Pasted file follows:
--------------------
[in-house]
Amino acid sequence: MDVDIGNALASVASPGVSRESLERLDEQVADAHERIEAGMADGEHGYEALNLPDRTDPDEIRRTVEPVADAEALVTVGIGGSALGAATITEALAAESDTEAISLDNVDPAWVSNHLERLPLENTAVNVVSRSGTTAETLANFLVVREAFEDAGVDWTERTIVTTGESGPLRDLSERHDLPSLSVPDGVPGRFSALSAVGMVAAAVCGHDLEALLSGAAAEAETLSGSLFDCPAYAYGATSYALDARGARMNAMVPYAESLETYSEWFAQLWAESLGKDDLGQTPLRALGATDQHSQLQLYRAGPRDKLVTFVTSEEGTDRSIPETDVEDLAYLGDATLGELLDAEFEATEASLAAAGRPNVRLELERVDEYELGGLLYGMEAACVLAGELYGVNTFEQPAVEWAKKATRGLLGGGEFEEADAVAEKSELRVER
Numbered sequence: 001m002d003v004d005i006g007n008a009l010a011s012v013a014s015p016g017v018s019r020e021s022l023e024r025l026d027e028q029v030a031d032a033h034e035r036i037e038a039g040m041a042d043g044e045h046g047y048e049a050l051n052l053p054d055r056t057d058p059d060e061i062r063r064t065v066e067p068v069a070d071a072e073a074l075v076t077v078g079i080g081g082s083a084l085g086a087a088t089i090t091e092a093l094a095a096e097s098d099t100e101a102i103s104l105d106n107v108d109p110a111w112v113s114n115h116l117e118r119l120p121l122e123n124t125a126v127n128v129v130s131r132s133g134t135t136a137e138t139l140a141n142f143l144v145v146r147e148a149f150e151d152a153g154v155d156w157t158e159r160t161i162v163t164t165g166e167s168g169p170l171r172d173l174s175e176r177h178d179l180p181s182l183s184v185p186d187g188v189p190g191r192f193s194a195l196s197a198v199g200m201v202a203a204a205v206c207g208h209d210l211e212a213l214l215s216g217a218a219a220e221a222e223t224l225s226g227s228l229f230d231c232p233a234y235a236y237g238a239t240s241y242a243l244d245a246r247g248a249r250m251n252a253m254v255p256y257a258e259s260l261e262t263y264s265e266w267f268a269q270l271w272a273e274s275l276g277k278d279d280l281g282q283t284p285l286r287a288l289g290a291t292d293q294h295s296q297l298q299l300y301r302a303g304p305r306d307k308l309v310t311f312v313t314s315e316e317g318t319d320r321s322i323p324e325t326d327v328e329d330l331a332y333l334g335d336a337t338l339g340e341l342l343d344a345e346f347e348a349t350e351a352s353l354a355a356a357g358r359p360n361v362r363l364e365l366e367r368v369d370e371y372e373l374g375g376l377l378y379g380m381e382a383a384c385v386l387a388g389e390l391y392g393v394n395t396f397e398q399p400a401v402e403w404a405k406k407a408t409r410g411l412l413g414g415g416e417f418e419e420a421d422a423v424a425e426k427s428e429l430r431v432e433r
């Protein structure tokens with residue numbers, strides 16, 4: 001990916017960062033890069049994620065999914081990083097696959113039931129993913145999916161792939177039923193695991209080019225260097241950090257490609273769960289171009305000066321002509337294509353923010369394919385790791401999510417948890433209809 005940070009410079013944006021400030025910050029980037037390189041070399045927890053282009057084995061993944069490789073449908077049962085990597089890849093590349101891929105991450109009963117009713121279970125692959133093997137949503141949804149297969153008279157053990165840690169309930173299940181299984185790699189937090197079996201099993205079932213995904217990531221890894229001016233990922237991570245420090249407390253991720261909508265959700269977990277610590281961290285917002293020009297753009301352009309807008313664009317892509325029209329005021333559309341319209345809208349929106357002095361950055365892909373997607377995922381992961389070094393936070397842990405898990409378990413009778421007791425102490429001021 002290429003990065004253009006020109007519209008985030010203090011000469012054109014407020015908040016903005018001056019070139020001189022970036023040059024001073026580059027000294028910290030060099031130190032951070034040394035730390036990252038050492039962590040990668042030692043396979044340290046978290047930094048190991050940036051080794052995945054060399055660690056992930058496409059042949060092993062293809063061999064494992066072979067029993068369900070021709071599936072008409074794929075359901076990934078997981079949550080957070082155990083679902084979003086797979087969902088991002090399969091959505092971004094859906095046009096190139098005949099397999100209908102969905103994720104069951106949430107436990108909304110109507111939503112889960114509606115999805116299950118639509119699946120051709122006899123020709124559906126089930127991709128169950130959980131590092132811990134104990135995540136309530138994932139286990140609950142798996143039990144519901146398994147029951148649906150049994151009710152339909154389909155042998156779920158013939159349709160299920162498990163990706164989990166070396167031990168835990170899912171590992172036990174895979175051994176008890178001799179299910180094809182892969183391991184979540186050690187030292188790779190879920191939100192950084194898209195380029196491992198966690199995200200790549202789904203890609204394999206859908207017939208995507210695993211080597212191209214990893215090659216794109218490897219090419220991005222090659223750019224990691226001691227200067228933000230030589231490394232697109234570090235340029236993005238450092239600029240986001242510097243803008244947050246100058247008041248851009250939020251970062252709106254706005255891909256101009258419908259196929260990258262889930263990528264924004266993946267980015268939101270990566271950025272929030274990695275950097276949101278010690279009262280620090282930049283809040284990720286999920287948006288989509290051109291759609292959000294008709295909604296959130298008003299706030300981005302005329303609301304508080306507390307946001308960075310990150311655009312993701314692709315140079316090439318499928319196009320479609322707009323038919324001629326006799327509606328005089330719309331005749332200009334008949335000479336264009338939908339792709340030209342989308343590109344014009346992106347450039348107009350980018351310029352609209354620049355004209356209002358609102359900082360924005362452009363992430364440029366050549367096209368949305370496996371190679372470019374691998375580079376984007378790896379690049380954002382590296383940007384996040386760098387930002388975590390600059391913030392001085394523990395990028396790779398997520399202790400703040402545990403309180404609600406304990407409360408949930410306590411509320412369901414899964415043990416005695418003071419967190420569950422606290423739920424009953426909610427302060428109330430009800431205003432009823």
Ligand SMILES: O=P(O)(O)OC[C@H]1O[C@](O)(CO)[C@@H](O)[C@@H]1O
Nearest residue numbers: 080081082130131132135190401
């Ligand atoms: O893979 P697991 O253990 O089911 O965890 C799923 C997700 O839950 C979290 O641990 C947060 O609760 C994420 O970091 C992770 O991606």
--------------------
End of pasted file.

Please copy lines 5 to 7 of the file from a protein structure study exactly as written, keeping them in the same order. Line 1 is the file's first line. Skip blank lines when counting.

Ligand SMILES: O=P(O)(O)OC[C@H]1O[C@](O)(CO)[C@@H](O)[C@@H]1O
Nearest residue numbers: 080081082130131132135190401
């Ligand atoms: O893979 P697991 O253990 O089911 O965890 C799923 C997700 O839950 C979290 O641990 C947060 O609760 C994420 O970091 C992770 O991606």